13. The “polite fiction” means that the great majority of players in revenue sports receive neither an education or a realistic chance at pro money. I don’t know if the other sports interfere to the same extent with studies as football and basketball, at least the participants should be under no illusions that there is a pot of gold awaiting them.

    Possibly the most pernicious “polite fiction” is that education, per se, is worthwhile without regard to utility. Theater and music majors might be more articulate and thus get better tips, but probably have about the same job prospects in their majors as the average football player has of turning pro.

    The money to pay “student athletes” would come from further increasing fees, it sure won’t come from admin budgets. We have already “invested” a trillion dollars of debt for nil return.

  14. “The money to pay “student athletes” would come from further increasing fees”
    No. As already noted above, this bill isn’t about schools paying athletes. The payments envisioned are from outside sources, so it’s basically just declaring it to be the state of California’s position that boosters should be able to pay players.
    “I don’t know if the other sports interfere to the same extent with studies as football and basketball”
    Yes, sports like swimming, track and field, etc., take up a LOT of time. Typically athletes get first crack at registering for classes, since they have to work around practice times.
    Apparently the bill doesn’t go into effect until 2023. So far the NCAA, conferences, and schools are unanimously holding their position against it, but it’s got a long time to go. I can’t see how they would capitulate. They’ve fought against this stuff for decades, and no one wants to be outbid for athletes by other schools with richer alumni boosters.

  15. 1) The NCAA has the right to make and enforce [or not enforce] its rules at will. If it means that say XYZ University is barred for playing NCAA teams, so be it.

    2) If there is pay for college athletics, then it no longer is a sideline of being a student, but in fact a job. The money paid the athletes, any scholarships, any bennies, etc. should be taxable income, with the taxes paid annually by the athlete. And, incidentally counted against any eligibility for college financial aid or government student loans.

    Fair is fair.

    Subotai Bahadur, who notes that the only college sports I watch is the Army-Navy Game and the Cadets and Midshipmen are taxed on their pay and allowances.

  16. Brian: For the moment you are right. I wonder how team morale will fare when the one or two players on any team that might be worth real endorsement money have to depend on the others that have to make do with a few bucks from Joe Schmoe’s Used Cars? I see no chance it will stay that way. What if it’s Jack’s Casino paying?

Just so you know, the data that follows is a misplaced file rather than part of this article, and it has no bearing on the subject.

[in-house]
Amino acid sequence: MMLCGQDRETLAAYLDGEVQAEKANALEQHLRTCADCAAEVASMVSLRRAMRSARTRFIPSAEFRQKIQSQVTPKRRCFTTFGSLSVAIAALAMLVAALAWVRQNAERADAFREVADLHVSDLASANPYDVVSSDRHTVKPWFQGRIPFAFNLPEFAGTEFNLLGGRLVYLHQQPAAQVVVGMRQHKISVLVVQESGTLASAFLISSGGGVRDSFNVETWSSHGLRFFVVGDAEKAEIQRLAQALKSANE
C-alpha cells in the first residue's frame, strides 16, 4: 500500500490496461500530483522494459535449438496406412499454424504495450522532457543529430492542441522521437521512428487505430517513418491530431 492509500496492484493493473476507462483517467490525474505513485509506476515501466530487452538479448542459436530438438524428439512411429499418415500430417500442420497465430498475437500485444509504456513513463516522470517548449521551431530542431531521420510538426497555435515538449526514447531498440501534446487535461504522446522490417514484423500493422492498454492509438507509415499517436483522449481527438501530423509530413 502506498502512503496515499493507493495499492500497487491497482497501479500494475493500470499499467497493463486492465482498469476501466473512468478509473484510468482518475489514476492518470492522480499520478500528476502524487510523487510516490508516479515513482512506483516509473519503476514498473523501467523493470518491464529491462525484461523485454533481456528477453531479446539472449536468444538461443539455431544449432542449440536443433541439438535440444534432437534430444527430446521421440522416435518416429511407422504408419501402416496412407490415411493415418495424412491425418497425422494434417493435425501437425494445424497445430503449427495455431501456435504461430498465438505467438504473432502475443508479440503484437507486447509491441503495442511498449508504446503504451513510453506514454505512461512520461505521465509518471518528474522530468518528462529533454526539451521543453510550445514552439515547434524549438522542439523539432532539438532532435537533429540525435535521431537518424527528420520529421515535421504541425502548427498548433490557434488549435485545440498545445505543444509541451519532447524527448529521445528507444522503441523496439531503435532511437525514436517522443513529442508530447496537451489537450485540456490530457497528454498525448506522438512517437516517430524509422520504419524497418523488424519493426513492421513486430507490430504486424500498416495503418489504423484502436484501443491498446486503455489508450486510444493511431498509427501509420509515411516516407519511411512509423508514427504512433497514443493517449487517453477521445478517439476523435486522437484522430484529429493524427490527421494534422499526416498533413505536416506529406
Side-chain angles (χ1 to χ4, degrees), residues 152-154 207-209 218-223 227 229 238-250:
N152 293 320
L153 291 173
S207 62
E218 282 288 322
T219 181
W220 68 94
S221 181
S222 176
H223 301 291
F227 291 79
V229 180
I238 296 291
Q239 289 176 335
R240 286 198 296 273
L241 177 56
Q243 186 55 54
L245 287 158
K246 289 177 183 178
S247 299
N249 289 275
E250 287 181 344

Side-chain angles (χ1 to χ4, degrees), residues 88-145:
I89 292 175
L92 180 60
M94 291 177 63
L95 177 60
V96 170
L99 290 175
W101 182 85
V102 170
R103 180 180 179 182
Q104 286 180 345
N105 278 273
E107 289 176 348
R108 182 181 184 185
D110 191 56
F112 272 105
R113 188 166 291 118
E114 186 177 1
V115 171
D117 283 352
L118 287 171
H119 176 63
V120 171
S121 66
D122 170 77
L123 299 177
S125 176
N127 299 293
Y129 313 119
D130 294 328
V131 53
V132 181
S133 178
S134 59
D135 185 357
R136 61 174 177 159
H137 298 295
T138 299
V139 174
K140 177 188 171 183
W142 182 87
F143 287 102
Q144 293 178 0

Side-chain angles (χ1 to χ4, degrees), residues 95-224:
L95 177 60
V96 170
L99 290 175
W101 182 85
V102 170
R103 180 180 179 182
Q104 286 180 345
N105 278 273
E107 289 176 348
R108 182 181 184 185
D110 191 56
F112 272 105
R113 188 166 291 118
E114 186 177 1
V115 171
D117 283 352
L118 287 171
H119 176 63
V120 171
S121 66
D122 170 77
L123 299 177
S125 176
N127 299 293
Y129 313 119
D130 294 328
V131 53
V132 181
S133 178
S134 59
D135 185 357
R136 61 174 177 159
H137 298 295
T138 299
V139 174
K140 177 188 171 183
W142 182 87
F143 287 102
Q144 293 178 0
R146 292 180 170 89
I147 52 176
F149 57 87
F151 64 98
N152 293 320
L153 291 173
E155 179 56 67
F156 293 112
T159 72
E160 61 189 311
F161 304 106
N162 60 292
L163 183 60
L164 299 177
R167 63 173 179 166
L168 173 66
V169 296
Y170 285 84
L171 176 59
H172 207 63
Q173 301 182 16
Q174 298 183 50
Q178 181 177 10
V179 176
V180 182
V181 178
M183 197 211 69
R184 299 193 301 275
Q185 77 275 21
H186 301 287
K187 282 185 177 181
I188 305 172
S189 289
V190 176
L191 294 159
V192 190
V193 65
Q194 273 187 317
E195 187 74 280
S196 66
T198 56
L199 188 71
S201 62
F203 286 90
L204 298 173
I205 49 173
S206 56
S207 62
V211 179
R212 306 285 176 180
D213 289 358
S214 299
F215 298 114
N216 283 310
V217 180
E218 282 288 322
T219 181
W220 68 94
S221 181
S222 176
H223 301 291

Maybe it’s time to just face facts and acknowledge that college is nothing more than a trade school combined with a government money laundry and get rid of all the trimmings. We can change the titles from administrator to concierge while we’re at it. The NFL and NBA can build their own pipeline.

  17. Maybe it’s time to just face facts and acknowledge that college is nothing more than a trade school

    If only that was true. I finished college (Didn’t graduate as I was accepted to medical school first) in 1961. The changes that have occurred since then are astounding. I joined a fraternity because it was the cheapest place to live. The only male dormitories at USC were for football and band players. Tuition was about $250 a semester. Inflation has had an effect but I was able to earn enough money to pay tuition by working in the summer. Students were enrolled in practical fields, like Architecture, Business and, for the girls, Elementary Education and Dental Hygiene. There were Philosophy and Communications majors and USC had an outstanding Cinema school where people like George Lucas graduated.

    I can’t remember anything that resembled “Gender Studies” or “African American Studies.” There were plenty of black students and they had fraternities and sororities. The Engineering School, where I was enrolled, was weak but Petroleum Engineering, funded by the Saudis was strong.

    It was a hell of a lot more like a trade school the and a lot has been lost.

  18. I finally read something that said that the way the law is written is to ban schools from making students who get paid for their likeness, etc., ineligible for intercollegiate sports. I have no idea how that’s constitutional, but it at least sort of makes sense. I actually think that the current cultural craziness may mean that there’s a pretty good chance the NCAA will collapse, and that schools in the SEC, Big 10, etc., will tell CA schools they’re out. Thanks to the insanity where CA (and other blue states) ban state business travel to those bad, bigoted red states, and where the NCAA bullied NC about their bathroom bill, I could easily imagine schools in most of the country saying the NCAA rules are going to stay the same, and they’d rather have an association without CA schools than change the rules.

  19. I’m pretty sure that the big companies (sneakers,etc.) that have a relationship with the NCAA are restricted from violating NCAA rules. Presumably, any entity that violated the eligibility rules would be persona non grata on any campus outside of California. So we’re talking chump change to the athletes.